Good for him. Let's hope he has a safe district since such views won't make him popular amongst the Borg or the raving nuts in the Republican party.

Babak Makkinejad

I always wondered about why the bad guys are North Koreans in a number James Bond movies; I am offended, are we less than those Koreans?

Babak Makkinejad

How many times did the Kemalists send Aziz Nesin to jail over his satire?

You would be in a distinguished company.

Babak Makkinejad

Nah, until & unless the European banks are prevented from supporting Turkey, there will be no noticeable change.

Erdogan and AKP know that EU and NATO need them, they know that they can get away with a lot of things, and he is doing what he wishes.

turcopolier

Degringolade

It does appear to be BS. There was some delay on Russian ship passages but that seem to have ended. Turkey and NATO know that if Turkey tries to bar passage through the Bosporus it will mean war between Turkey and Russia. pl

confusedponderer

Babak,
"I am offended, are we less than those Koreans?"

You should be offended.

Clearly the most evil Bond villains are the Germans, with Auric Goldfinger (... wait? Latvian?!) being the most memorable. The North Koreans are distant also-rans, which in turn, indeed, makes Iran an even lesser evil.

Matthew

Kunuri, the price fluctuation is not surprising. The fact that global daily production exceeds daily consumption means that that excess oil has to be stored. So the slack in demand also produces a new storage costs for the producer. Commodities are notoriously price elastic.

By analogy, are you familiar with Wilkins Micawber in David Copperfield? Annual income 20 pounds, annual expenditure 19 pounds. Result: happiness. Annual income 19 pounds. Annual expenditure, 20 pounds. Result: Ruin.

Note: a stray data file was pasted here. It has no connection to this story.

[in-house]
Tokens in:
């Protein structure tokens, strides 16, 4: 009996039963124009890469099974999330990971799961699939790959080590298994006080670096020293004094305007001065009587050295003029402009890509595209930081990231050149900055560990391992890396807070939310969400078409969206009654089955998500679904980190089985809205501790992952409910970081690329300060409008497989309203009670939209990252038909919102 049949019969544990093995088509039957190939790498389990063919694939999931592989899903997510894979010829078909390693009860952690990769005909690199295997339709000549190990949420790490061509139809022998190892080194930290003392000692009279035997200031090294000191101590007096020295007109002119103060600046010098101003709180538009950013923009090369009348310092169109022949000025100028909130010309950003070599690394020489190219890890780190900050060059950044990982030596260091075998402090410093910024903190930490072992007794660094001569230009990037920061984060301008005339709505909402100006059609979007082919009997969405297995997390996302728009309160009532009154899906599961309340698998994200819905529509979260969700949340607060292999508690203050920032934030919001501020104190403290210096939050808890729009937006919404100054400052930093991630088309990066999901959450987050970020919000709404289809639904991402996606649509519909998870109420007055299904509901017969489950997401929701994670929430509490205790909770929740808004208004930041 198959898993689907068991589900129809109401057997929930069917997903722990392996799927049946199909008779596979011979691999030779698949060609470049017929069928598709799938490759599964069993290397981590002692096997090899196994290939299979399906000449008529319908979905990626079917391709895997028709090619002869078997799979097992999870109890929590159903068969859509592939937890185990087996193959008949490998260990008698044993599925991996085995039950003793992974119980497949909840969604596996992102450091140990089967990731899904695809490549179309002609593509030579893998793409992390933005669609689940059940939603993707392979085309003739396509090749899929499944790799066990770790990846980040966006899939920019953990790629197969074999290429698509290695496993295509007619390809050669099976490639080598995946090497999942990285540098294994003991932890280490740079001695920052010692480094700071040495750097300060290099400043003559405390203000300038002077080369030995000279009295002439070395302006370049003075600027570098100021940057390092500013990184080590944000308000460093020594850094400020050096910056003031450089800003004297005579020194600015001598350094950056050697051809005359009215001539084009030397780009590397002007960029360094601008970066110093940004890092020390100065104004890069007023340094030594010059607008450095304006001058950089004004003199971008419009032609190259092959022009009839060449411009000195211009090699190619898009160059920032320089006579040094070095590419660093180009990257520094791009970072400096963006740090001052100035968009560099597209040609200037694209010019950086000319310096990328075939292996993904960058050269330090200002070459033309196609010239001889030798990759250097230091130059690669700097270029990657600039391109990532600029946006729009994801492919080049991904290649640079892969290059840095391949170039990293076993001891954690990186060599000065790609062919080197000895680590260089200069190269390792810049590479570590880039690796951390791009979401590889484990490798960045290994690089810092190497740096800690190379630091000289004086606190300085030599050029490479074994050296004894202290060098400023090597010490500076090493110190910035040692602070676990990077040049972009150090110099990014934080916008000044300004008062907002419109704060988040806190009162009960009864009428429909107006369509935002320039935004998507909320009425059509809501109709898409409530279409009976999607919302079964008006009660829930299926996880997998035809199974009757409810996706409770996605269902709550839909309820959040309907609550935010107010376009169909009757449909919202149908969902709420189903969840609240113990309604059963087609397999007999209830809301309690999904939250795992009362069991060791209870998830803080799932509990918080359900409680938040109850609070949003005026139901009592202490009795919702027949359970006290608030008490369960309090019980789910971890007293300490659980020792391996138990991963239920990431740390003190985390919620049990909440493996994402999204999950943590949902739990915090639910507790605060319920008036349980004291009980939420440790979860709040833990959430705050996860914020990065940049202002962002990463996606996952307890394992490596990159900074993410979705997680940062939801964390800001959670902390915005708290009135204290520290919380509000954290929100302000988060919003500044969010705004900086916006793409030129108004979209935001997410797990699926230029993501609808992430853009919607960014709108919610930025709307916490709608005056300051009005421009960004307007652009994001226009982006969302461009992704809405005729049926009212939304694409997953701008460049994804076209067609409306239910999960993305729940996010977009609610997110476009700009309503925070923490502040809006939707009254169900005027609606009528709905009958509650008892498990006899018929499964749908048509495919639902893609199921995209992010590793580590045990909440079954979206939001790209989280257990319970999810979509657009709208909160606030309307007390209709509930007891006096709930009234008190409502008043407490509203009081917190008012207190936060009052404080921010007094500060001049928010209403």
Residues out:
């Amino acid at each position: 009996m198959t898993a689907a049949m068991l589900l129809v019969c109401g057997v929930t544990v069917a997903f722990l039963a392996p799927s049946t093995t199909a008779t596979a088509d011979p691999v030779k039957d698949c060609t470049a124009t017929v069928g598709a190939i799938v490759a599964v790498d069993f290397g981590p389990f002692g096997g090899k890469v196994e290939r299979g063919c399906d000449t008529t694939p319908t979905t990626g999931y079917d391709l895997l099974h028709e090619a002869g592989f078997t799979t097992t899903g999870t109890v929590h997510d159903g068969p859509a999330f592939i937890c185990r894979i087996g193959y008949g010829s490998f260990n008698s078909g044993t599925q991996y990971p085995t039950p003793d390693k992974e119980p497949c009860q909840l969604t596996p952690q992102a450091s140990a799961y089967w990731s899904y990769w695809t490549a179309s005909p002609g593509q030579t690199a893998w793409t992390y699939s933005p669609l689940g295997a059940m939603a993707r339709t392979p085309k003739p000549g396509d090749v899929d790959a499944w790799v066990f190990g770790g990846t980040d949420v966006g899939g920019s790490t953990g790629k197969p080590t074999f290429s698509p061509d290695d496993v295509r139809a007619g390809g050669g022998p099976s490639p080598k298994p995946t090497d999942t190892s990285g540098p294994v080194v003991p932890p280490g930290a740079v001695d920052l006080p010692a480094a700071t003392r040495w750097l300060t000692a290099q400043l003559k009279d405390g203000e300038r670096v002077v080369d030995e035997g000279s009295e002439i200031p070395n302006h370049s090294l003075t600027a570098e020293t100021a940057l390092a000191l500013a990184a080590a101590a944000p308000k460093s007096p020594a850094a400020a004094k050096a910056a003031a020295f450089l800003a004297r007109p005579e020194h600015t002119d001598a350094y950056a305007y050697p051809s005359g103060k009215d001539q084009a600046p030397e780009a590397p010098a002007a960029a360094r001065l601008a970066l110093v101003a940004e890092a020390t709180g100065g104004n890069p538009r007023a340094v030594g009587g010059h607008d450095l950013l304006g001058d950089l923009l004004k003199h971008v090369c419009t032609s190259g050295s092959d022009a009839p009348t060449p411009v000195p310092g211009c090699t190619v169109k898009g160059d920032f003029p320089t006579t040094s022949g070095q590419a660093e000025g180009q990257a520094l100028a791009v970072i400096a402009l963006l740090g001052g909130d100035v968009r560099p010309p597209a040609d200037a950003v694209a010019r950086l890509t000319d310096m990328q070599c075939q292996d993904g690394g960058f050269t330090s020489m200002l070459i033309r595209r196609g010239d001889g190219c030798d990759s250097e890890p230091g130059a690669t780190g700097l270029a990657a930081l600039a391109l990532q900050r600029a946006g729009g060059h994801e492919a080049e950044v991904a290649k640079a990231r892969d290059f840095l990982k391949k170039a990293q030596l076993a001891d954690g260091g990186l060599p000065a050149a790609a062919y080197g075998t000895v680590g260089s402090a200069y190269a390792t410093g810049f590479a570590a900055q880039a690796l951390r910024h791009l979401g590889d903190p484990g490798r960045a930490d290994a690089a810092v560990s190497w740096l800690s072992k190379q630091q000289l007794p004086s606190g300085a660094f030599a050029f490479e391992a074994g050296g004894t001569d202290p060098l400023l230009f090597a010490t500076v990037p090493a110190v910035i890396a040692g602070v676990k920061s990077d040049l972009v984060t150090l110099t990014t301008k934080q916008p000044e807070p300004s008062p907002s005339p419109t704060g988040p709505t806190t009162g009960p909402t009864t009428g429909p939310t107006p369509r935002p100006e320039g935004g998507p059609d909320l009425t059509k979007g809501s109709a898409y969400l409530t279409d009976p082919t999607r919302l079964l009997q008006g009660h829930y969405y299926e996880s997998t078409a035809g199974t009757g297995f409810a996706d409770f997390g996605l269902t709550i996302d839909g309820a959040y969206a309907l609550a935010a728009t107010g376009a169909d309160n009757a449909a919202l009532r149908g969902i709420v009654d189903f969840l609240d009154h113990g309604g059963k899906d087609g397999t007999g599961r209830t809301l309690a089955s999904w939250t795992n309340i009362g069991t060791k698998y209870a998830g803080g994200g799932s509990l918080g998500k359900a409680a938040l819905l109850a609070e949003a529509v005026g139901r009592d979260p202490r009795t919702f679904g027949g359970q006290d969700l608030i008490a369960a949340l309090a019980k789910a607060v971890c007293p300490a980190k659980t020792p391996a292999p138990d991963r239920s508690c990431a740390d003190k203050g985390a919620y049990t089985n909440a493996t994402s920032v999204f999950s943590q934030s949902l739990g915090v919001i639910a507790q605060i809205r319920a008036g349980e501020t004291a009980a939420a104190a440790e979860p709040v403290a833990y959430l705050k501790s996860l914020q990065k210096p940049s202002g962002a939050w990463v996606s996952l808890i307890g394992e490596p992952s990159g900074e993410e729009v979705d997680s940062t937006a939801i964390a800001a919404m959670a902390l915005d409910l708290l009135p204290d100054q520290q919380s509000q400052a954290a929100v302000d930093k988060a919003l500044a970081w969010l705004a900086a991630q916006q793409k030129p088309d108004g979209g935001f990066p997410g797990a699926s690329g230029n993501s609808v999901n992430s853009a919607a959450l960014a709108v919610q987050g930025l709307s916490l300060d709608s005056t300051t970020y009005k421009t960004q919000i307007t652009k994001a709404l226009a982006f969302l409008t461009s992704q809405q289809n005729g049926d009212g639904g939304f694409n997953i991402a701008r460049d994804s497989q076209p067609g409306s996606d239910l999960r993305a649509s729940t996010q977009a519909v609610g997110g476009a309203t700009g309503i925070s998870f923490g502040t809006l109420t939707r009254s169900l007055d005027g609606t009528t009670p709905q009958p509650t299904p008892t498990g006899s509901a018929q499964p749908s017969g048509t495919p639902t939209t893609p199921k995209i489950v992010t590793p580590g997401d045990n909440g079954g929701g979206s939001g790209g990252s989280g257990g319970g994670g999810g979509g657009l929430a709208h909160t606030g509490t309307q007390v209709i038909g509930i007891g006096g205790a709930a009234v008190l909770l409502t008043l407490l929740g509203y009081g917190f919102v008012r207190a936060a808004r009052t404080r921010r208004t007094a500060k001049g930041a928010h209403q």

Valissa

CP, good news... there are more sane Republicans.

AP Conversation: Cruz: US more secure with Assad in power http://news.yahoo.com/ap-conversation-cruzs-ambitious-foreign-policy-limits-083815355--election.html
Republican presidential candidate Ted Cruz says the U.S. is more secure with Syrian President Bashar Assad in power, accepting one of the Middle East's most brutal dictators as an unfortunate ally in the fight against the Islamic State.

The tea party favorite said in an interview with The Associated Press that America and the world would have been better off retaining deposed dictators in Iraq, Egypt and Libya — who committed crimes against their own people but also helped prevent the spread of violent extremism.

... While Assad is undoubtedly a "bad man," removing him from power would be "materially worse for U.S. national security interests," he says. He is unwilling to send more U.S. ground forces into the Middle East and rejects the idea that torture can serve as an appropriate interrogation tool.

"We can defend our nation and be strong and uphold our values," he says. "There is a reason the bad guys engage in torture. ISIS engages in torture. Iran engages in torture. America does not need to torture to protect ourselves."